By Alix Swann
My visit to the SIS Library was very enlightening, and I understand why Young Scholars are encouraged to spend time there. My visit was only a glimpse into the extensive body of literature that is available for our research. The library is organized into various sections: SIS Summa Readers and SIS anthologies, interview transcriptions, SIS history, and books for general reading across the disciplines.
One of the books that caught my interest was Soul Talk: The New Spirituality of African American Women written by Akasha Gloria Hull. I read this book after it was recommended by Ree Botts, a former Young Scholar in SIS. Because my research focuses on Black women’s trauma, Ree told me that healing and resilience are excellent entry points to this type of research.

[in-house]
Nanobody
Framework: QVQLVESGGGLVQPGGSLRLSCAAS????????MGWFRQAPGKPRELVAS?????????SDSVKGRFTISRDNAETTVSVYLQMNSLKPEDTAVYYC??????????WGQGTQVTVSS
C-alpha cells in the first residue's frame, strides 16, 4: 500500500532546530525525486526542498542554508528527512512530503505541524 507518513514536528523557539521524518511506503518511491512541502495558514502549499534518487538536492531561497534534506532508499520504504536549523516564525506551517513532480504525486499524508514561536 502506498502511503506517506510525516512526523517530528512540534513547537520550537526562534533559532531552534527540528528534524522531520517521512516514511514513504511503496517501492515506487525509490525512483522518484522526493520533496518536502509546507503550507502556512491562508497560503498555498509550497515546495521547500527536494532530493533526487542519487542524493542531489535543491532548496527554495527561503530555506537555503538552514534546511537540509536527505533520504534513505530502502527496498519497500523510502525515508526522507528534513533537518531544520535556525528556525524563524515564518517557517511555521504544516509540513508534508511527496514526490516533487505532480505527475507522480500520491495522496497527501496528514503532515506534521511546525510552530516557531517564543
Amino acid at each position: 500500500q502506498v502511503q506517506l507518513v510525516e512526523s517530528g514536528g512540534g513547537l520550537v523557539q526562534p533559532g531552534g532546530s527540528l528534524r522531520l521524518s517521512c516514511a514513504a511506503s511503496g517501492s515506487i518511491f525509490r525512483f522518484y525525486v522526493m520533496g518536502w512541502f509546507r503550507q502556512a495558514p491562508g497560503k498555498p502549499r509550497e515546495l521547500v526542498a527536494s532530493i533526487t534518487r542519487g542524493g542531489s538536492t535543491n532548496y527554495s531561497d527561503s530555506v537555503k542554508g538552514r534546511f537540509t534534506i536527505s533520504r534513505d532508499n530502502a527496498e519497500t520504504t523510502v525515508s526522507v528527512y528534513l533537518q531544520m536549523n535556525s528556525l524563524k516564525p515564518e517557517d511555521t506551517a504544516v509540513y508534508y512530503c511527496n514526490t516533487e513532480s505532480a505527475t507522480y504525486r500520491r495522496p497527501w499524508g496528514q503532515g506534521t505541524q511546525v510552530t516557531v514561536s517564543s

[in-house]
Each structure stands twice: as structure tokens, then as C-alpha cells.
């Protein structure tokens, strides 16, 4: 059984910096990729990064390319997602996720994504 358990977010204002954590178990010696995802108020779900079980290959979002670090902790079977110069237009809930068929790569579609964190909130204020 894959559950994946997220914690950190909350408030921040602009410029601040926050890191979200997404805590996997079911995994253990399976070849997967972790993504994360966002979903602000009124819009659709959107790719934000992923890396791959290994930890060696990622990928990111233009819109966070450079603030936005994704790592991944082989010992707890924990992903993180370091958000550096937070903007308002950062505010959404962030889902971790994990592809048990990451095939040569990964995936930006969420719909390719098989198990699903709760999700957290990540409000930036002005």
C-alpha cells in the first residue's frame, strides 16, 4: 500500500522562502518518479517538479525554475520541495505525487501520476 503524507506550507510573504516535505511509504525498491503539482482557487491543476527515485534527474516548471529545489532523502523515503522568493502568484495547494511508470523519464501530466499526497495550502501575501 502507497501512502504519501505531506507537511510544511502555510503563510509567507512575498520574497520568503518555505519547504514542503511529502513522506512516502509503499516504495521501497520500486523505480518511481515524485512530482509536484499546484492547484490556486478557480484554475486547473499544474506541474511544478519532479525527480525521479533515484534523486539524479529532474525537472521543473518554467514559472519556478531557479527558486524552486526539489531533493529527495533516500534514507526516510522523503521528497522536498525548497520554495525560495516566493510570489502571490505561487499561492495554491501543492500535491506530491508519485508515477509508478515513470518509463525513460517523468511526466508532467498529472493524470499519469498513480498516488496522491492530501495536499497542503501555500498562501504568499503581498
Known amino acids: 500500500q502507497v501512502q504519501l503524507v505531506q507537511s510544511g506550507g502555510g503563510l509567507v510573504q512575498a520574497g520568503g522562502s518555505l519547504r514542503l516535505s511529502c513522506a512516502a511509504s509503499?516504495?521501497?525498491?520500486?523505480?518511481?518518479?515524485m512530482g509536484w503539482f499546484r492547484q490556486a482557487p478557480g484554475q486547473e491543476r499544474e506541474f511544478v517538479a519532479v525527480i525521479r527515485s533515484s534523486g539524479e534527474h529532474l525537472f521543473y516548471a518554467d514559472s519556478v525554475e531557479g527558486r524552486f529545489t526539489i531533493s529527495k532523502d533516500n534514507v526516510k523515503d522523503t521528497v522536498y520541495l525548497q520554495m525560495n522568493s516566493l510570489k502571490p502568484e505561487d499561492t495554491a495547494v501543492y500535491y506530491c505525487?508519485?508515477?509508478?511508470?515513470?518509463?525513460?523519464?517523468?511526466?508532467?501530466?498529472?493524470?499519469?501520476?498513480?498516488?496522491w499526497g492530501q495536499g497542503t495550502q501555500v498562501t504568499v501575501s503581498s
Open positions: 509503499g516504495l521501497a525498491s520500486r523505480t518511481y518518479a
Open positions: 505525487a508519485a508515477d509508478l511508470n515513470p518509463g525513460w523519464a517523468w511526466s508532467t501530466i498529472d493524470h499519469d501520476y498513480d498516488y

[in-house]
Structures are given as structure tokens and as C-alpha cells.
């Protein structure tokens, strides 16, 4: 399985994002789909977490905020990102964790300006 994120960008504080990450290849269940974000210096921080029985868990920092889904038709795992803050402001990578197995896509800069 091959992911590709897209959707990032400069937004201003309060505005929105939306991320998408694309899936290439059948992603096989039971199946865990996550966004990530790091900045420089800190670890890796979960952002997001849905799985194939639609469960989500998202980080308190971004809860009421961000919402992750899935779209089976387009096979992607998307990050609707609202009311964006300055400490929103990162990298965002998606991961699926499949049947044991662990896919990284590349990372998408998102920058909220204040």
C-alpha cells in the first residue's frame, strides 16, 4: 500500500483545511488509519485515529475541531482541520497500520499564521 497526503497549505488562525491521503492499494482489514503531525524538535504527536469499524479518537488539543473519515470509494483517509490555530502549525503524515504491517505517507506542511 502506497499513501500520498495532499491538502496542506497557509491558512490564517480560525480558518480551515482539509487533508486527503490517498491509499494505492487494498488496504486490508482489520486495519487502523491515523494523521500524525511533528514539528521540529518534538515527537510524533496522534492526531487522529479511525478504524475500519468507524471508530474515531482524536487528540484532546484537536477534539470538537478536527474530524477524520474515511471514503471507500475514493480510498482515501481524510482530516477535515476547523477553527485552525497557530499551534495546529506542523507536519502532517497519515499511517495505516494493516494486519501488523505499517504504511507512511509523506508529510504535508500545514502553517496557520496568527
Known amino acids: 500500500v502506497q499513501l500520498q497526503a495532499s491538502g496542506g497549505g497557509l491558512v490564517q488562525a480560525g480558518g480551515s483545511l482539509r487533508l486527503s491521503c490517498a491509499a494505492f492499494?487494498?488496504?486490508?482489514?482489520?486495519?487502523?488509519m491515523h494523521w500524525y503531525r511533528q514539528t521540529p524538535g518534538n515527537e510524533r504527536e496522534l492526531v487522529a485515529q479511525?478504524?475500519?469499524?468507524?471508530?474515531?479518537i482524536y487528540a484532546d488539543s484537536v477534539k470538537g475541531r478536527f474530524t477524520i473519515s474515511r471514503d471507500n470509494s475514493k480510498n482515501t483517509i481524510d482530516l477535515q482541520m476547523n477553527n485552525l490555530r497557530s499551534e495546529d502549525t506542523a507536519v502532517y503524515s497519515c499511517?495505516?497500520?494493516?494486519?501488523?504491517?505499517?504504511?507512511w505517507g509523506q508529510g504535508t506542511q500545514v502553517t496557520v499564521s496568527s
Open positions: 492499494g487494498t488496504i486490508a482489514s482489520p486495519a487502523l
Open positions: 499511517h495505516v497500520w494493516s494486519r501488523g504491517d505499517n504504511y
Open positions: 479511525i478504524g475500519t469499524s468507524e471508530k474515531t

Of course I also saw an abundance of books on the art of oral history. In my multicultural education class, we are discussing how important oral history is in a study of Black culture. My research this semester is about Black women in prison, and I’m sure oral history culture plays a large part in research on the prison world. Most of the activities in prison are oral, so it will be interesting to know more about this research methodology.
Throughout the semester, I will be returning to the library to find additional sources for my independent research and, as well, for my class research. I hope one day to have a personal library that is as extensive as the SIS Library. It will be open to my friends as a lending library of love.